Men who whine about wearing condoms — villains of sex-ed videos, defiers of CDC reports and common sense — might protest even louder if they think their partners are hot.
When faced with the proposition of casually sleeping with a pretty woman, men are more eager to forgo condoms, according to a new scientific survey, than if they think their fling is less attractive.
Researchers at the University of Southampton and the University of Bristol asked heterosexual men to report their desire to have unprotected sex with 20 women, based on photographs of the women’s faces. The scientists discovered men were much less apt to wear a condom if they believed a hypothetical partner had a prettier face, as the researchers wrote recently in the British Medical Journal Open. The study was small, just 51 subjects, but it adds to a growing body of evidence that both men and women want to relax safe-sex standards around good-looking partners.
“Men are more willing to have condomless sex with attractive women,” wrote lead author and University of Southampton public health researcher Anastasia Eleftheriou, in an email to The Washington Post. That holds true “even though they might believe that those women are more likely” to have a sexually transmitted disease, she said.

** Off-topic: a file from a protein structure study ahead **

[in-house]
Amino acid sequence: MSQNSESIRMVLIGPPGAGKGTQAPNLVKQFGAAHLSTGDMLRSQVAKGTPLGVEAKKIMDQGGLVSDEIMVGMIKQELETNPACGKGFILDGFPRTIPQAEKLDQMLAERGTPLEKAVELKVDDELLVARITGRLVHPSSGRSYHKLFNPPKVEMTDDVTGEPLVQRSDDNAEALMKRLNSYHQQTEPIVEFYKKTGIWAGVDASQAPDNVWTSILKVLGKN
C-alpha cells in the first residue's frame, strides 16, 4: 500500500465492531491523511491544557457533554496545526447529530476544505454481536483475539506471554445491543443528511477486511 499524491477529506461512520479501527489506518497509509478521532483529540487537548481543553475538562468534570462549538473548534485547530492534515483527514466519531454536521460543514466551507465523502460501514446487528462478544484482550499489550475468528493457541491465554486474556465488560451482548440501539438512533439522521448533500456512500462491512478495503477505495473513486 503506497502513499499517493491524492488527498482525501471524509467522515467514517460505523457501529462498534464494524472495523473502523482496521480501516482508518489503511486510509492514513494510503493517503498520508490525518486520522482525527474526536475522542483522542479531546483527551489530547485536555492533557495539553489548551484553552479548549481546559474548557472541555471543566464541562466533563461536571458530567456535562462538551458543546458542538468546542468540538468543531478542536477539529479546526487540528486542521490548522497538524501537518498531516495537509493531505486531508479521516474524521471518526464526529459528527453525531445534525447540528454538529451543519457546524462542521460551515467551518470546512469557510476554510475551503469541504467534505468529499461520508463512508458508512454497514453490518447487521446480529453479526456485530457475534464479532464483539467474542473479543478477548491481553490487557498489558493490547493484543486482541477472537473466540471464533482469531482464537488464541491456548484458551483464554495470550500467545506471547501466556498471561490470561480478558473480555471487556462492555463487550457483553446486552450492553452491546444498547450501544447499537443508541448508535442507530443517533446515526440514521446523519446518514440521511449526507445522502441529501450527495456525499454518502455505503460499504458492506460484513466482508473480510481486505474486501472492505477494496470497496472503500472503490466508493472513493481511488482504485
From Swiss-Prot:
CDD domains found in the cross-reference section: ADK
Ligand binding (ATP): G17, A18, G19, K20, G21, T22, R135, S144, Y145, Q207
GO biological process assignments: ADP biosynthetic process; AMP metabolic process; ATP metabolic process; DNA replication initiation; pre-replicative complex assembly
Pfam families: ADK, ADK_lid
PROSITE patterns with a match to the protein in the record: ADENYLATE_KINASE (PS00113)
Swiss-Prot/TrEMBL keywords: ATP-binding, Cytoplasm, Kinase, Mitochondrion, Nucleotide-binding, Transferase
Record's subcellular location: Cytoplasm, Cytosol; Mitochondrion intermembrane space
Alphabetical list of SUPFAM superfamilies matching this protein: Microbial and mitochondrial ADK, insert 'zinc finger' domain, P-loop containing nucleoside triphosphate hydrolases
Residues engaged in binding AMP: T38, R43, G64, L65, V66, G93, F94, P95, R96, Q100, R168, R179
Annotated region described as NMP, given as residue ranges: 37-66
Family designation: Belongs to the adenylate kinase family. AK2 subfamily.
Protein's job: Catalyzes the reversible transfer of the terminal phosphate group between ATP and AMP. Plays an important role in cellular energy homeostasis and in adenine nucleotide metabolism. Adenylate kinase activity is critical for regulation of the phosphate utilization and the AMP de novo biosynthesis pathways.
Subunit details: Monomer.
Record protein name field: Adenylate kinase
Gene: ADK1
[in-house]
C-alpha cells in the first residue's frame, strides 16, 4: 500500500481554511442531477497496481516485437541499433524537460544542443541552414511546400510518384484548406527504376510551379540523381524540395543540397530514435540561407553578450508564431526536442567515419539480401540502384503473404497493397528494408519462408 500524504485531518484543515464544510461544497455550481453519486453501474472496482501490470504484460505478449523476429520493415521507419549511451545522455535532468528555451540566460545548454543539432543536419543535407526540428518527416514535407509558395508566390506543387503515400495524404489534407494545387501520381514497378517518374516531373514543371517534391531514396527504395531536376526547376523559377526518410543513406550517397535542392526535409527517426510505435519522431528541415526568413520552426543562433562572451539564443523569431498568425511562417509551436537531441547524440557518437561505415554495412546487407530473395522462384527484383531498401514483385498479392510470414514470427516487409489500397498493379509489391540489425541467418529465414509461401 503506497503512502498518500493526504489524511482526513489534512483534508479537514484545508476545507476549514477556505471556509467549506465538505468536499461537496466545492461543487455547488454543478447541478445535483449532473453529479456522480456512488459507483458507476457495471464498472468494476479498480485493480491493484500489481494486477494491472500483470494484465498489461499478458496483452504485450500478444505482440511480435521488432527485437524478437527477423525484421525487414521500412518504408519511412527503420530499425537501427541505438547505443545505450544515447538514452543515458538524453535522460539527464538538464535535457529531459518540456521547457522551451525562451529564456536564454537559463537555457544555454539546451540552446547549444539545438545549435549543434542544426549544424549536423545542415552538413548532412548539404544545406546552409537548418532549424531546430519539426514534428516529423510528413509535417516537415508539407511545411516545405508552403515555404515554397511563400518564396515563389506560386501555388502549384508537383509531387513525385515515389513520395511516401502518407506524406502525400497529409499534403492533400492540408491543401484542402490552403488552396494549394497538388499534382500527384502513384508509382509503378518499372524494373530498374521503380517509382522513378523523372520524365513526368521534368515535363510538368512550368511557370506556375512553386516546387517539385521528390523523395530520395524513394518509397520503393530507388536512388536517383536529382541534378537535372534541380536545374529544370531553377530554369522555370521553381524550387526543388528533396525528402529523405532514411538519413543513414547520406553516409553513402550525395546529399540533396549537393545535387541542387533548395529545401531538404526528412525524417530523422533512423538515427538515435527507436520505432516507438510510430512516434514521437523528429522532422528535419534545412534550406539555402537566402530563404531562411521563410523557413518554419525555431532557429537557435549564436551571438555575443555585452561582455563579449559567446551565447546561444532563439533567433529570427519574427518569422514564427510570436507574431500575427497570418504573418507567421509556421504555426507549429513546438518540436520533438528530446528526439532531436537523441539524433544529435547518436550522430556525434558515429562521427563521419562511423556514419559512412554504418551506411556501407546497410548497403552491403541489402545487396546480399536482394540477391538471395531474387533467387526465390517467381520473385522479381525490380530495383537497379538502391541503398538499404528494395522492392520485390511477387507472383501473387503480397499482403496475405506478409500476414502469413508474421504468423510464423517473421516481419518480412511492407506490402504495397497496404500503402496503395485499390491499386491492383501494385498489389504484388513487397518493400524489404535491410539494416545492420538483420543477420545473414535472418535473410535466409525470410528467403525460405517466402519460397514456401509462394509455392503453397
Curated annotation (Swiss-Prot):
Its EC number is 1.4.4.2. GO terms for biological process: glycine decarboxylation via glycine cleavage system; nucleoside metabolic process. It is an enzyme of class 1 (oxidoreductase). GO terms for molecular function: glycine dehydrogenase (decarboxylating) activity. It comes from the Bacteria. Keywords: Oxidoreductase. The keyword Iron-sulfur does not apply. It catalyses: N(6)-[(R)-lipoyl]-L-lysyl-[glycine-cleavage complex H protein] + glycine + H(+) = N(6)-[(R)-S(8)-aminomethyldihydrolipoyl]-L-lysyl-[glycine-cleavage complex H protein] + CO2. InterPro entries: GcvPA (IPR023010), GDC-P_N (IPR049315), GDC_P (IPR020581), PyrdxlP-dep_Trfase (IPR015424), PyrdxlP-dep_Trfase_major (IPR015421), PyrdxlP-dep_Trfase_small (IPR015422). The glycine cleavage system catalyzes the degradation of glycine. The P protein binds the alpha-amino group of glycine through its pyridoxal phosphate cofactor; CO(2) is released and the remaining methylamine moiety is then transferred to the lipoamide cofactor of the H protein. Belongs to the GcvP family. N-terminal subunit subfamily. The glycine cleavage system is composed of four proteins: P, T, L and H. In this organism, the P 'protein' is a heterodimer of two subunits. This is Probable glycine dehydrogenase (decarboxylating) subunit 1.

The male subjects were not hugely varied in their demographics: the 51 heterosexual men who made up the survey ranged in age from 19 to 61 years old, and all spoke English. Most men had lost their virginity at an average age of 18; the youngest was 13 and the oldest, 30. But there was quite a bit of variance in reported number of sexual partners — the average was 10, though four responders had never had sexual intercourse and one man said he had had sex with 60 women.
While looking at a black-and-white portrait of a woman’s face, each man used a sliding scale, from of 0 to 100, to rate a) the woman’s attractiveness b) how likely he would be to sleep with her, if he were single c) how likely he would be to use a condom d) how many men like him, out a group of 100, would have unprotected sex with the woman and e) the odds he thought this woman had a sexually transmitted disease.
Not surprisingly, the closer a man rated a woman to 100, the higher his willingness was to have sex with her. But the study subjects were split on whether or not the attractive women were more likely to have a sexually transmitted disease.
Previous studies on perceived health and looks reflect this division, too. Some researchers have found that men view attractive women as more promiscuous, and therefore more likely to have been exposed to sexually transmitted disease; others indicate humans broadly link good looks to good health. (One evolutionary psychology theory argues that facial symmetry, a significant factor in attractiveness, indicates a high resistance to parasites. Because we want our mates to be parasite-free, symmetry becomes pretty.)